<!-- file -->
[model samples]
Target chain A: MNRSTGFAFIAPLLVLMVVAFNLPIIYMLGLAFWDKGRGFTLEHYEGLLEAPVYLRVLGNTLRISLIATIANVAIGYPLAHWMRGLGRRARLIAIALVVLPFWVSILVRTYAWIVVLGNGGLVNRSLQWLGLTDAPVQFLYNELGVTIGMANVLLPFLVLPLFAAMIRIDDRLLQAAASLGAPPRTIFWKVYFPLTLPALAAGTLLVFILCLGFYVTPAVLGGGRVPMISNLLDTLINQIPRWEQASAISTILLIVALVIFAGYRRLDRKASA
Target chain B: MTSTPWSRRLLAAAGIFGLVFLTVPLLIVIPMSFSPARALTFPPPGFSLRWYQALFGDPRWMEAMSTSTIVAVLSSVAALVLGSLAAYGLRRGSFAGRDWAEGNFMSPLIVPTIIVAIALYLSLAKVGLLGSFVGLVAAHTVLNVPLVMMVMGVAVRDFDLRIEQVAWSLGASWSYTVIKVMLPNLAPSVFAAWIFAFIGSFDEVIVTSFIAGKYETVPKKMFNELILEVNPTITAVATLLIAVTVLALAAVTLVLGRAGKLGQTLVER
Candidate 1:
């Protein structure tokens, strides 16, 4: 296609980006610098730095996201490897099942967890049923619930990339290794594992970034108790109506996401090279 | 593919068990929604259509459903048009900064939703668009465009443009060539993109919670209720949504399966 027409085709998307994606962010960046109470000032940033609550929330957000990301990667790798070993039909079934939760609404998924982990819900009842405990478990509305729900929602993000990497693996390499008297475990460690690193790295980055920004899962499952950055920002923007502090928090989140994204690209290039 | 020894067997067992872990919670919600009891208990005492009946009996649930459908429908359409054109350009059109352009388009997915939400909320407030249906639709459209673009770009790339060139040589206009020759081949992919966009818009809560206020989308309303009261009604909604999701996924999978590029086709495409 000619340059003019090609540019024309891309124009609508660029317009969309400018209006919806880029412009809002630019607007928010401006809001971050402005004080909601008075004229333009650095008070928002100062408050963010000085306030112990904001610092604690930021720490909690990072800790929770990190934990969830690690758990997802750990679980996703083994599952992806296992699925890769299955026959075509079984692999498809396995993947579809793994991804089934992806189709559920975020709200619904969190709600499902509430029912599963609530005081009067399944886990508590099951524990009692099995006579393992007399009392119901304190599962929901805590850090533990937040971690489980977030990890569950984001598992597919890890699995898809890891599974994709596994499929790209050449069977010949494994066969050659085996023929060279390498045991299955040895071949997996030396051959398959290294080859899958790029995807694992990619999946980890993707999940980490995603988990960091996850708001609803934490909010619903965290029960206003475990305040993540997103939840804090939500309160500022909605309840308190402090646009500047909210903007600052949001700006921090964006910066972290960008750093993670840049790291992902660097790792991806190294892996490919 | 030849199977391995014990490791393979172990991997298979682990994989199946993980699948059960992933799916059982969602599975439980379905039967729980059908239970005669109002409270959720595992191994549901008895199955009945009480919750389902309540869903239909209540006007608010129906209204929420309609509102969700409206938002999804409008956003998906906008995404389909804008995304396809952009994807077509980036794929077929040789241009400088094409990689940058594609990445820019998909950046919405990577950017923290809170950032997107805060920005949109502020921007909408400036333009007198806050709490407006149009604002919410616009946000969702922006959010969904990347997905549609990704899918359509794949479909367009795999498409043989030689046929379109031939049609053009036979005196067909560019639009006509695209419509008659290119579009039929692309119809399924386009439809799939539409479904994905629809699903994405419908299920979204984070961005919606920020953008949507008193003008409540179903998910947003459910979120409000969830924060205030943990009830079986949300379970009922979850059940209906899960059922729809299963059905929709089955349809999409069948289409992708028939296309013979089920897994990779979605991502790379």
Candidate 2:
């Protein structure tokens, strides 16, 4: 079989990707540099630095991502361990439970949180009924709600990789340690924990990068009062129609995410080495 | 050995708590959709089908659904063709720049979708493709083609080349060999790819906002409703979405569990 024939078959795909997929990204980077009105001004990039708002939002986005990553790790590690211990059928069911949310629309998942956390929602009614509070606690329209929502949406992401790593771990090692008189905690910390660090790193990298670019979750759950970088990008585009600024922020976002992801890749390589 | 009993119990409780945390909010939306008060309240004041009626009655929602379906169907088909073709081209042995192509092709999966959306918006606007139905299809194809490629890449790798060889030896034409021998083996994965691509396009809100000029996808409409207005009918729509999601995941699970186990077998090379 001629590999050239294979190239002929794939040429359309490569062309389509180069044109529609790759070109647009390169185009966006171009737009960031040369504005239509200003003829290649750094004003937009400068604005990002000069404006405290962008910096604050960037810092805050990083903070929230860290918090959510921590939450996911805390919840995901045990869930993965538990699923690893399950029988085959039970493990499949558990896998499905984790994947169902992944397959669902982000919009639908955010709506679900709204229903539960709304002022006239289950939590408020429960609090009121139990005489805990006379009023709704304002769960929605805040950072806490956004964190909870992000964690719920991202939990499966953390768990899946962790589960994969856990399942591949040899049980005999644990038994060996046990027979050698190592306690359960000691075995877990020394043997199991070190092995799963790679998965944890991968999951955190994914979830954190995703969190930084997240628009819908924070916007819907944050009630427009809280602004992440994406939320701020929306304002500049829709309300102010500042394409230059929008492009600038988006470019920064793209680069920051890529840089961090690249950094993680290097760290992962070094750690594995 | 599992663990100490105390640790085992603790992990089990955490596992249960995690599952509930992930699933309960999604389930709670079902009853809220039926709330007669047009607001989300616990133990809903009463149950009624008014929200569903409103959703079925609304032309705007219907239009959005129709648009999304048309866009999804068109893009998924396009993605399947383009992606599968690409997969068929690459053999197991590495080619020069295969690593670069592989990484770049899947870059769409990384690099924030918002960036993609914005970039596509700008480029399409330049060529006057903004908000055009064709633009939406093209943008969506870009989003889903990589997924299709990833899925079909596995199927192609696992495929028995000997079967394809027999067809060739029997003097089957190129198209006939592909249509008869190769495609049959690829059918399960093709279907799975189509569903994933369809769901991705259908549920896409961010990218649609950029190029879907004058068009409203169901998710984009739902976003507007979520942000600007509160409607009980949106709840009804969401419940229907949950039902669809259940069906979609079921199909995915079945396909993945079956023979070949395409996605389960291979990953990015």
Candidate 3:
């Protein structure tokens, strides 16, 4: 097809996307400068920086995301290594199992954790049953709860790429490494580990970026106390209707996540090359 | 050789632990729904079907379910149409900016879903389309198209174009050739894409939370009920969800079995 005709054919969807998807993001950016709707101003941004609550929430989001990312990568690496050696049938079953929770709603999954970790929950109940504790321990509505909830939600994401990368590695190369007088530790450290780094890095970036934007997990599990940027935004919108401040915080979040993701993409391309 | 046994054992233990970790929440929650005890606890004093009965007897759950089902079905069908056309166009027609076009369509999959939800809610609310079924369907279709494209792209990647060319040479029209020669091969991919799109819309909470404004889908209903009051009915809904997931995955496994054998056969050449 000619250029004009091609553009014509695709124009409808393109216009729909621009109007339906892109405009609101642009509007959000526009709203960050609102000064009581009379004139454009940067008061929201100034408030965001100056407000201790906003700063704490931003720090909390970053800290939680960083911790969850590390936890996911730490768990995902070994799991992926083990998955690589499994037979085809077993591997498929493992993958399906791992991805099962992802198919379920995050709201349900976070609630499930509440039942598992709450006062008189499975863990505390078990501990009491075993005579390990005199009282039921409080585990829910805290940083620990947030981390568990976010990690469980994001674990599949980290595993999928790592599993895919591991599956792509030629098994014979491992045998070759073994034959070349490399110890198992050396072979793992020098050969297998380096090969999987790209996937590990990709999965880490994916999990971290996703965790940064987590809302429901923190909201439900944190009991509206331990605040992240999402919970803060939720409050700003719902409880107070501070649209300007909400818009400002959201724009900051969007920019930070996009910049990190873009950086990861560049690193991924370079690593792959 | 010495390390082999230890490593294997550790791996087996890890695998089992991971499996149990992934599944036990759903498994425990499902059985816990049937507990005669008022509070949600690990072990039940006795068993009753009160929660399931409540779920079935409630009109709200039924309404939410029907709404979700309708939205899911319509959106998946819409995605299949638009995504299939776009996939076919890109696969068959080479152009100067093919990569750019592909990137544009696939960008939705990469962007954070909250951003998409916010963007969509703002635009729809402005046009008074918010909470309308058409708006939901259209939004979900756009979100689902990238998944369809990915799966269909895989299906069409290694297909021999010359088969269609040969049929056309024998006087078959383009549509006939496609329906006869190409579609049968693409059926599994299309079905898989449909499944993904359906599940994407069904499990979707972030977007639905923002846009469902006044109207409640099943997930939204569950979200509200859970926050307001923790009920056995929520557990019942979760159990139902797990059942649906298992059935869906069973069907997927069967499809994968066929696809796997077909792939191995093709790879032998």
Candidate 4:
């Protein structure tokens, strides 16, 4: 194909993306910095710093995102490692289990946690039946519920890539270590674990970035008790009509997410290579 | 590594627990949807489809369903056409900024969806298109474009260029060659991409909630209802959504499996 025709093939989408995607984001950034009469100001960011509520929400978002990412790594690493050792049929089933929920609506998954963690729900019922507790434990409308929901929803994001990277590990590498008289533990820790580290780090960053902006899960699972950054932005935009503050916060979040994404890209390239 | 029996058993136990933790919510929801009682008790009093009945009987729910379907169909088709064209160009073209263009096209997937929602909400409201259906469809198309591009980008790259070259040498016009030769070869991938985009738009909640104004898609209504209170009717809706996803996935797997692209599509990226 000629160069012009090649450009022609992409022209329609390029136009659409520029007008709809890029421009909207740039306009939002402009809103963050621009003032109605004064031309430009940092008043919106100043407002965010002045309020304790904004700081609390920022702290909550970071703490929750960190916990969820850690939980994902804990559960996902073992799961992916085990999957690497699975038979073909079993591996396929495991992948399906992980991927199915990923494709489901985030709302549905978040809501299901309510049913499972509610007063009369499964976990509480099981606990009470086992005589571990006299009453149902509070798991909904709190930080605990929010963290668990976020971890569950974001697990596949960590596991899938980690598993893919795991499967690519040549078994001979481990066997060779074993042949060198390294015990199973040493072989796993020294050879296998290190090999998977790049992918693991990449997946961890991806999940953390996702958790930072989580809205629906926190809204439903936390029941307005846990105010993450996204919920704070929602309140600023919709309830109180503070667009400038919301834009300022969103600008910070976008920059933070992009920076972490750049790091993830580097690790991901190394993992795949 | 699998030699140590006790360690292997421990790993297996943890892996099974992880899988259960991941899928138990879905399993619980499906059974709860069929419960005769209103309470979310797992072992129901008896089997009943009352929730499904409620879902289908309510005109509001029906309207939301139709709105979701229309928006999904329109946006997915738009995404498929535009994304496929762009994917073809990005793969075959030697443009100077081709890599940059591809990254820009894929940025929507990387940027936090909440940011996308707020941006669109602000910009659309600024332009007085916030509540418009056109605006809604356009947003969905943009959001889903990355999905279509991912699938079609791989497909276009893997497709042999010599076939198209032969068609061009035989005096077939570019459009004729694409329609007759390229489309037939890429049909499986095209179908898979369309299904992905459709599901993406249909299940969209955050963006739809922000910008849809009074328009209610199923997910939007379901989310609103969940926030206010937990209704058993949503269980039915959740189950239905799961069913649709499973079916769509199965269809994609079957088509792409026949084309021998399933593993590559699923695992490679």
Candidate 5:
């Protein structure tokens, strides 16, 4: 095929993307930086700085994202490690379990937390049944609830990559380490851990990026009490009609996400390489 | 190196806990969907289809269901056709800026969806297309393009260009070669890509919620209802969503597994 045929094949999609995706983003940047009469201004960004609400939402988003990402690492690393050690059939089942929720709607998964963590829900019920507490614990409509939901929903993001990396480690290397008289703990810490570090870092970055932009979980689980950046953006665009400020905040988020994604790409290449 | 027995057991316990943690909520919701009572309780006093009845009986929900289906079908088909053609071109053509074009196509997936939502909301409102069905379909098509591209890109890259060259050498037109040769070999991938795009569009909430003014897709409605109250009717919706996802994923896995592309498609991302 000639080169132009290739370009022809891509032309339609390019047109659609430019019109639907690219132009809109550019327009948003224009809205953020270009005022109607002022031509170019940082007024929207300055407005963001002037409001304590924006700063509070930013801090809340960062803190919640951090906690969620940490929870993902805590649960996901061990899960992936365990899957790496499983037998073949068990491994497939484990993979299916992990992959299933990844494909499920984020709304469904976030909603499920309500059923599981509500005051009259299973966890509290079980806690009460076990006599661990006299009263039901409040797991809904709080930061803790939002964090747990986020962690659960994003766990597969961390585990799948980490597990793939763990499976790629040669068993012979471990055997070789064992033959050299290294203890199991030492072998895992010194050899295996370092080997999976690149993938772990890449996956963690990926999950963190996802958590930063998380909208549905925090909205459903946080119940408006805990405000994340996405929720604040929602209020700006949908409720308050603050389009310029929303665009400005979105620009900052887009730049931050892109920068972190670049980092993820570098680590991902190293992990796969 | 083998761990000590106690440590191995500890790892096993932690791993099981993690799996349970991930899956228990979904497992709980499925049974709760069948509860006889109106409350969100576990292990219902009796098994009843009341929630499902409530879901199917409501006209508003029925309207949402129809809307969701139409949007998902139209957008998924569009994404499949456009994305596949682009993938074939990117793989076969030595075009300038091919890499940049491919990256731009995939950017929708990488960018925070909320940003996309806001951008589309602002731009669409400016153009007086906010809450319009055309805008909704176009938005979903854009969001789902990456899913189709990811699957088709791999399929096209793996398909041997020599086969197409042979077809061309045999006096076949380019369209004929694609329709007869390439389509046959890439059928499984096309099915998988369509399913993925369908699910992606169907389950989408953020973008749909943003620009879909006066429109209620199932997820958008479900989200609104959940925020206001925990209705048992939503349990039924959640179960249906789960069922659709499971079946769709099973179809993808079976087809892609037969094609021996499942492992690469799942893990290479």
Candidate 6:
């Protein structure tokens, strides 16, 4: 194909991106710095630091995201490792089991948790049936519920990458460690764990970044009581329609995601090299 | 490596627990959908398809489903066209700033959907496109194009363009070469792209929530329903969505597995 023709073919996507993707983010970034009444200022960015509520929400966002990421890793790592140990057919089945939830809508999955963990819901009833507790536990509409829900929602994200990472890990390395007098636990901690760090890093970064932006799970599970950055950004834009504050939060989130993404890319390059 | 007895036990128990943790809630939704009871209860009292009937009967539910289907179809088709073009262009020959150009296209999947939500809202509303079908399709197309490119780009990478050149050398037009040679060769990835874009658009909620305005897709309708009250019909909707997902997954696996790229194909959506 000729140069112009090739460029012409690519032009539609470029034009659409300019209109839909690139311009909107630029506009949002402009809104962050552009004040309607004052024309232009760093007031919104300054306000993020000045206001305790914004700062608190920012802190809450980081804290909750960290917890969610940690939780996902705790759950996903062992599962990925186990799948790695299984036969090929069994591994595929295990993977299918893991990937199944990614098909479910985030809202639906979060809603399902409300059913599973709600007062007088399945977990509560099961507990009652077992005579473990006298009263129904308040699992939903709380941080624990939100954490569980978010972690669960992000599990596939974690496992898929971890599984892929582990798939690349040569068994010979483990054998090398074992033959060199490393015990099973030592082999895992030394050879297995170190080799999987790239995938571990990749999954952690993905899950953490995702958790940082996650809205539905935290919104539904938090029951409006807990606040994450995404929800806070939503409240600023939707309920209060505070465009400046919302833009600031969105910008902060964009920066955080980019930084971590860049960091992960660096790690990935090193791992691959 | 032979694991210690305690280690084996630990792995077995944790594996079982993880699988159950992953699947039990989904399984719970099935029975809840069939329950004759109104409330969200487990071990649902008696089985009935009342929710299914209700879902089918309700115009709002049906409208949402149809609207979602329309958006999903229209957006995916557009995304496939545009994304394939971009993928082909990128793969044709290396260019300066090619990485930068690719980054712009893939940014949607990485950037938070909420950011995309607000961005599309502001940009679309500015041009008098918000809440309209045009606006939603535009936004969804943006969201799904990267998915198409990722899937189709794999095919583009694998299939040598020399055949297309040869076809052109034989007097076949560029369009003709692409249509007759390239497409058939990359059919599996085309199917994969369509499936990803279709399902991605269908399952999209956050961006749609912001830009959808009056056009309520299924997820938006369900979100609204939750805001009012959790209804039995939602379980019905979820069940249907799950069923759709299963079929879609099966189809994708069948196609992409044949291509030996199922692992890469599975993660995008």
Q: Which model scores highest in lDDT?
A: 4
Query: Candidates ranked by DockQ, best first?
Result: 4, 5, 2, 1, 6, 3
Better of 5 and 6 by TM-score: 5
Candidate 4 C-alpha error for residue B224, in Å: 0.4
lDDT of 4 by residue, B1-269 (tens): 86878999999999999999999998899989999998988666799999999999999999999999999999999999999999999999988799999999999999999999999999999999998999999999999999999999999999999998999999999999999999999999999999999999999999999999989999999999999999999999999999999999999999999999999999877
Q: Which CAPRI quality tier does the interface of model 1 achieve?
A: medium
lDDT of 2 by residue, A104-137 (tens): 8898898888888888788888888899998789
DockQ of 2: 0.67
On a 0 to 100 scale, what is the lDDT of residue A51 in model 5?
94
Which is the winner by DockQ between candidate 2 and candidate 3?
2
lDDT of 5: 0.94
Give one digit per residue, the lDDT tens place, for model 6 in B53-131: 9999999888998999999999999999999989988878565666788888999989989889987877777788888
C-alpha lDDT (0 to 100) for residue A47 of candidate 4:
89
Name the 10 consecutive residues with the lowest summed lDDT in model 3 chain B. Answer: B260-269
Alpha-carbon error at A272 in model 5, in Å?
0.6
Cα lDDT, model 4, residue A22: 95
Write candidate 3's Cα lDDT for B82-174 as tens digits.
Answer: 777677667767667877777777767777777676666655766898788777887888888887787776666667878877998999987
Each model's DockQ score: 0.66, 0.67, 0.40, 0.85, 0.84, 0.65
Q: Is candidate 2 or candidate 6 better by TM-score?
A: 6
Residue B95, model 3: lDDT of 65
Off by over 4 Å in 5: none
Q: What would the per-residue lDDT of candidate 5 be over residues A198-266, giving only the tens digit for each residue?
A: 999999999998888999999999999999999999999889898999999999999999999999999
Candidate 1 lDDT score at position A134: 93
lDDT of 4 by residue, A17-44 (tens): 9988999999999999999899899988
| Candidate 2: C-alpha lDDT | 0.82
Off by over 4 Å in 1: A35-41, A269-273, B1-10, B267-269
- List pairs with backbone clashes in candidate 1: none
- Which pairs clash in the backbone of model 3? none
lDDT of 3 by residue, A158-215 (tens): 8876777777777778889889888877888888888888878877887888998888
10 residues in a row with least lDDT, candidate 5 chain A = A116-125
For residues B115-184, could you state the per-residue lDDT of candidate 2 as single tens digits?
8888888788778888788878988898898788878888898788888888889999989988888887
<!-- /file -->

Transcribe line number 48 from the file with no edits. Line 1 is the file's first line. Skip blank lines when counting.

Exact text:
Candidate 1 lDDT score at position A134: 93